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Shine bright like an ethical diamond: Aether’s sparkling stones are made from CO2

Photography By AETHER

For the past 70 years, music, movies and television have been instrumental in romanticising and quantifying diamonds’ elite appeal.

From Marilyn Monroe’s famous performance of Diamonds Are a Girl’s Best Friend, to Sean Connery’s 007 role in Bond movie, Diamonds Are Forever, pop culture has prized diamonds as tokens of glamour, resilience and luxury in the 20th and 21st centuries. So, will diamonds continue to possess their irresistible allure in another 70 years?

New York-based jewellery brand Aether trust in the enduring value of diamonds but believe the way they are currently sourced will soon be a thing of the past. Although considered a “natural” commodity, mining for diamonds is fraught with controversy.

It’s an energy intensive process of carving gems from the earth and is an industry rife with unreliable certifications and plagued by unethical work practices (you’ve heard of Blood Diamonds, right?). In the last decade, the industry’s lack of traceability has fostered a growing trend of lab-grown diamonds, but they too have come under scrutiny. Labs have to source carbon from somewhere, and more often than not it’s from fossil fuels via oil drilling or fracking.

Co-founded by Ryan Shearman and Dan Wojno, Aether are the first company to create a carbon negative and truly sustainable third option: diamonds made from excess CO2.

“We thought…diamonds are just crystalline carbon, so what if we could develop a process to transform this harmful greenhouse gas into a beautiful product?” Shearman says.

To turn carbon into diamonds, Aether have partnered with a company that operate direct air capture units (effectively giant vacuums that pull in air from the atmosphere). A special filter traps the CO2 and other polluting elements and is converted to methane (the raw hydrocarbon material that will eventually become a diamond). It’s then placed into a reactor where in less than 30 days, atom by atom, beautiful diamond crystals form. “Those crystals are then cut and polished into the gemstones we all know and love, which are then set into responsibly sourced metals by artisan jewellers,” Shearman explains.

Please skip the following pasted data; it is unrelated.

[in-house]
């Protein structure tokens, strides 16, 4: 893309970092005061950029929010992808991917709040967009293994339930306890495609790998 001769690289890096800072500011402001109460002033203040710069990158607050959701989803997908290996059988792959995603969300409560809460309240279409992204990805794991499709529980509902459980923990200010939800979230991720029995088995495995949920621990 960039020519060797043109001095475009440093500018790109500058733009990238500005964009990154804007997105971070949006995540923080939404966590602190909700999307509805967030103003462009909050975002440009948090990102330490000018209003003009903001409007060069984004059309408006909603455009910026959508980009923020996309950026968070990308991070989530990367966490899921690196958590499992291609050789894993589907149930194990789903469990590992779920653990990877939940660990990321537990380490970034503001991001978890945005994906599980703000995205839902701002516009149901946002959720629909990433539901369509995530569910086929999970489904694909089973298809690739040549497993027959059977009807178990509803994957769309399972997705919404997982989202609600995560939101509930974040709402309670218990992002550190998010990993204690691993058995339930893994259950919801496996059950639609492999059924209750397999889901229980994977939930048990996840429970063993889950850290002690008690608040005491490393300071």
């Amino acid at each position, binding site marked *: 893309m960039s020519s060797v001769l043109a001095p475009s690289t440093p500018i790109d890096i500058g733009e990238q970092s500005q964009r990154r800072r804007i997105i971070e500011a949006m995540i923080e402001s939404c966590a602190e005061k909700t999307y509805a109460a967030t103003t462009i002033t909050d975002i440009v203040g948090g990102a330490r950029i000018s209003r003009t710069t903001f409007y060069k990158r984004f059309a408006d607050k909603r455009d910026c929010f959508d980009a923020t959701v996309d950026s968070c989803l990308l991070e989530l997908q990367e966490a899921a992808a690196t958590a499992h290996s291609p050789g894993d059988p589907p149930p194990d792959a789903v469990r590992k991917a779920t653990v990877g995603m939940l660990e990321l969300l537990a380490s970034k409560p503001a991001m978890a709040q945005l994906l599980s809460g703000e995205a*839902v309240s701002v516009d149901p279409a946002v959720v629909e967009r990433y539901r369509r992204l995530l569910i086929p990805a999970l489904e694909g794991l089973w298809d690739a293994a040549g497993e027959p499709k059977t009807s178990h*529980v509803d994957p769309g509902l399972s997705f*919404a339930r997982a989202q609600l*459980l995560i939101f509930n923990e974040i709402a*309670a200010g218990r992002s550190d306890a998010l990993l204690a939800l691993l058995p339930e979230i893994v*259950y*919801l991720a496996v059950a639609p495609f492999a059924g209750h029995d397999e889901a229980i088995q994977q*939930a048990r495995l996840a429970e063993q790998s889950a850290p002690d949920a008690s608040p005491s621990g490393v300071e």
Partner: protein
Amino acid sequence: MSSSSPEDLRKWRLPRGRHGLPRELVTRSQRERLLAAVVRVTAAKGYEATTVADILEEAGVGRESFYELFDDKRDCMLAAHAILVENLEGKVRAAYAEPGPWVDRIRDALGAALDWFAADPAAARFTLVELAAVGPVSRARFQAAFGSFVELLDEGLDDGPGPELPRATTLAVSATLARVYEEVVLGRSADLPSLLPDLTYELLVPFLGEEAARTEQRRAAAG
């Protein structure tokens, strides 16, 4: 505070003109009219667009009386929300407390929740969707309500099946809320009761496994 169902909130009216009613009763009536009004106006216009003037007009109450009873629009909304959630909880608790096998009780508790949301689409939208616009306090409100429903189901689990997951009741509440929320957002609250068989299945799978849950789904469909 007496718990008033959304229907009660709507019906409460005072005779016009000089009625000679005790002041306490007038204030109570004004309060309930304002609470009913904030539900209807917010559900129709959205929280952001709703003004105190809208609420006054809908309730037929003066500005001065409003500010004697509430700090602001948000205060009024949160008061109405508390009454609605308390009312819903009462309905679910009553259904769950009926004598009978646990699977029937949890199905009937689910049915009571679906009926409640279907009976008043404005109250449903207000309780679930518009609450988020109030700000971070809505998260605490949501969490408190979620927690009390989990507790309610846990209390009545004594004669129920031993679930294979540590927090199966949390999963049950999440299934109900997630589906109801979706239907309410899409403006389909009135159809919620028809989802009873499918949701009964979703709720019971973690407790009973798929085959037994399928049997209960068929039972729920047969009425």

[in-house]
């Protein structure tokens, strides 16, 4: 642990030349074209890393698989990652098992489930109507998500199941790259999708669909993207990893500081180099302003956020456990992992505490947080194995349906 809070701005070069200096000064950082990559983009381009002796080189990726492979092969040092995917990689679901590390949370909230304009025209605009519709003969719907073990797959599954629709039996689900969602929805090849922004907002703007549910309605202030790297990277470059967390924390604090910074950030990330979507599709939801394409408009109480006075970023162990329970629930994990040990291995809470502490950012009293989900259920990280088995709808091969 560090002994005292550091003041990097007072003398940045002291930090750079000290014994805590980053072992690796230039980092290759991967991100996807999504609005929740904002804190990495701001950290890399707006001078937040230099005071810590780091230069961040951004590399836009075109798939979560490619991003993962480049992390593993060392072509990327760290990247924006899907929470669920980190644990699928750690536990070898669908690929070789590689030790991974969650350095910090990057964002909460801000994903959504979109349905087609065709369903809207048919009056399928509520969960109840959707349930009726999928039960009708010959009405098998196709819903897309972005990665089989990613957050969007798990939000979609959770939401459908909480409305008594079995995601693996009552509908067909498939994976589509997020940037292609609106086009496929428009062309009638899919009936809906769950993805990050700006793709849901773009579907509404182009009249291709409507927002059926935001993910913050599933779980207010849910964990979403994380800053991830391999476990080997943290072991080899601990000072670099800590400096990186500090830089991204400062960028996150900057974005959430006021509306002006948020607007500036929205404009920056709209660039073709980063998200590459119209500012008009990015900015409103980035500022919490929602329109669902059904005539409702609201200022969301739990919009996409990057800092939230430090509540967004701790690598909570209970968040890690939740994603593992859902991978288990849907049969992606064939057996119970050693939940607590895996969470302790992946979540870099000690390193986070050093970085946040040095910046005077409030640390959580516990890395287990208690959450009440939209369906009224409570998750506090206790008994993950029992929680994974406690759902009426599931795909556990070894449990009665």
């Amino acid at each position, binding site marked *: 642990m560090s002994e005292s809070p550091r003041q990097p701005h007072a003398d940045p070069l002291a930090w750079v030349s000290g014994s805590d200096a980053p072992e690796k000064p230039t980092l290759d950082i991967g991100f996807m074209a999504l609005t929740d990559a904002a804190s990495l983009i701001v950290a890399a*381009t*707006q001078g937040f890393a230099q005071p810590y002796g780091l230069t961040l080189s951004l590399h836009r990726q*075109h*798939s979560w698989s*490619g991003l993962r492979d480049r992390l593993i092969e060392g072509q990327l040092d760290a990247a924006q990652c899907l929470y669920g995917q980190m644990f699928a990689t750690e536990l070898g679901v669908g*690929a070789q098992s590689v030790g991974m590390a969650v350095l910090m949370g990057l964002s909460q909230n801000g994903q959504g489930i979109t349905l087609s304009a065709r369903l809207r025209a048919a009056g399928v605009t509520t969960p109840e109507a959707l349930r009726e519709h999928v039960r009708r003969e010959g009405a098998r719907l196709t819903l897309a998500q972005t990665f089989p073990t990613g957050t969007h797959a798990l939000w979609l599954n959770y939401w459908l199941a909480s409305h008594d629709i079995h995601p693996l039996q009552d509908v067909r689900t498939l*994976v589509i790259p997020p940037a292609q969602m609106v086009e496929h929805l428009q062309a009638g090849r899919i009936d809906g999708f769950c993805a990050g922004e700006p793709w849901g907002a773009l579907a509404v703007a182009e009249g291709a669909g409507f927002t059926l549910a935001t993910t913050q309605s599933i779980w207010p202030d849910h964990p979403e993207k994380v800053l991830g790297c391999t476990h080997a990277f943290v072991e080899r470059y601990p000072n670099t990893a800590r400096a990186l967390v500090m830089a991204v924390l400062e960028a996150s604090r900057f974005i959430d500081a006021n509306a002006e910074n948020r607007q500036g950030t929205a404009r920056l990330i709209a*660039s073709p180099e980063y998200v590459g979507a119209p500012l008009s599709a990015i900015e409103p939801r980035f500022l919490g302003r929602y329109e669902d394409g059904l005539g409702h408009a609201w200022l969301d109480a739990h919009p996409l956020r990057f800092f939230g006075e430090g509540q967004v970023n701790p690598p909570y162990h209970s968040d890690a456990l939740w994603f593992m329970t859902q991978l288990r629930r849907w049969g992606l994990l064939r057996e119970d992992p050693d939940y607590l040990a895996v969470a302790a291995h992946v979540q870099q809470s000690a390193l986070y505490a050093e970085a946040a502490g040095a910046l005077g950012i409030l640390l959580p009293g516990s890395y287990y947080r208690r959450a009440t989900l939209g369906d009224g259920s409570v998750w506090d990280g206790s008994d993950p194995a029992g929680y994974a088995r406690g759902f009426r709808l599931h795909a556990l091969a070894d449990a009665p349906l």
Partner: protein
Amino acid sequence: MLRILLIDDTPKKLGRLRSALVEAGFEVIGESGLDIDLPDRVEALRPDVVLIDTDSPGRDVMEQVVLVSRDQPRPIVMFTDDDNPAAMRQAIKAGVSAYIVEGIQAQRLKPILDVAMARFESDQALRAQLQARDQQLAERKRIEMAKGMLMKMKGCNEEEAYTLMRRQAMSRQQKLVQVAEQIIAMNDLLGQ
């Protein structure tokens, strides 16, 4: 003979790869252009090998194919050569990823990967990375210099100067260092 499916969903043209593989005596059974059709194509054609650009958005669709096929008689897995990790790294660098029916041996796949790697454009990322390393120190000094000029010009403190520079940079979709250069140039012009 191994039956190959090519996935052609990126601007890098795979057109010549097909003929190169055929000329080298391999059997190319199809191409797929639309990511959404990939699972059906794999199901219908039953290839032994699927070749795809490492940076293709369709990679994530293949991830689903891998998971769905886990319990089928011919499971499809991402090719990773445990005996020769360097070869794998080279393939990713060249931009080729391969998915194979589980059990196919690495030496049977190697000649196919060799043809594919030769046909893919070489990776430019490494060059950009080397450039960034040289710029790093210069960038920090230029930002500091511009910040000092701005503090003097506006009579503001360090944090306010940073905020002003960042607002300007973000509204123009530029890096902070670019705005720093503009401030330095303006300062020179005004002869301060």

So, exactly how “green” is a diamond ring from Aether? “For every carat of diamond we sell, we have committed to pulling an additional 20 tonnes of CO2 out of the atmosphere, which is a pretty significant impact,” Wojno says. That number is higher than the average annual carbon footprint of a person in the United States.

One of Aether’s most popular designs, the Horizon Double Diamond Ring, which costs a client around $26,000 (US dollars), has the potential to remove more than three years’ worth of an individual’s carbon emissions.

In their efforts to redefine the future of the diamond industry, Aether have chosen not to categorise their collections as engagement, men’s or women’s. They’ve instead opted for Commitment, Earthy Pleasures and Masculine. It certainly gives a nod towards the style you have in mind but is more open-ended reflecting the different symbols jewellery can have. “We don’t want to be limiting. It’s not indicative of the future we want to see for humanity,” Shearman says. It’s this foresight that has seen Aether’s first collection of rings, earrings, bracelets, geometric necklaces, and other pieces sell out.

“The better we do as a company, the better we can do for humanity and the planet,” Shearman says.

Their focus is not only on ramping up production and manufacturing but working towards becoming a fully independent carbon-negative company by 2023. Although their labs already source and use sustainable energy, they still need to offset the impact of logistics and administrative operations, so their plan is to generate their own green energy and send their excess to the grid.

“We want to do right by this planet and making sure we take the right path as we scale our business is very important. Otherwise, we’d be going against our own values,” Shearman says. Over the next 70 years, as the phenomenon of making diamonds out of thin air increases, we hope to see a new surge of pop culture references which only guide us in one direction: towards a sparkling, cleaner future.

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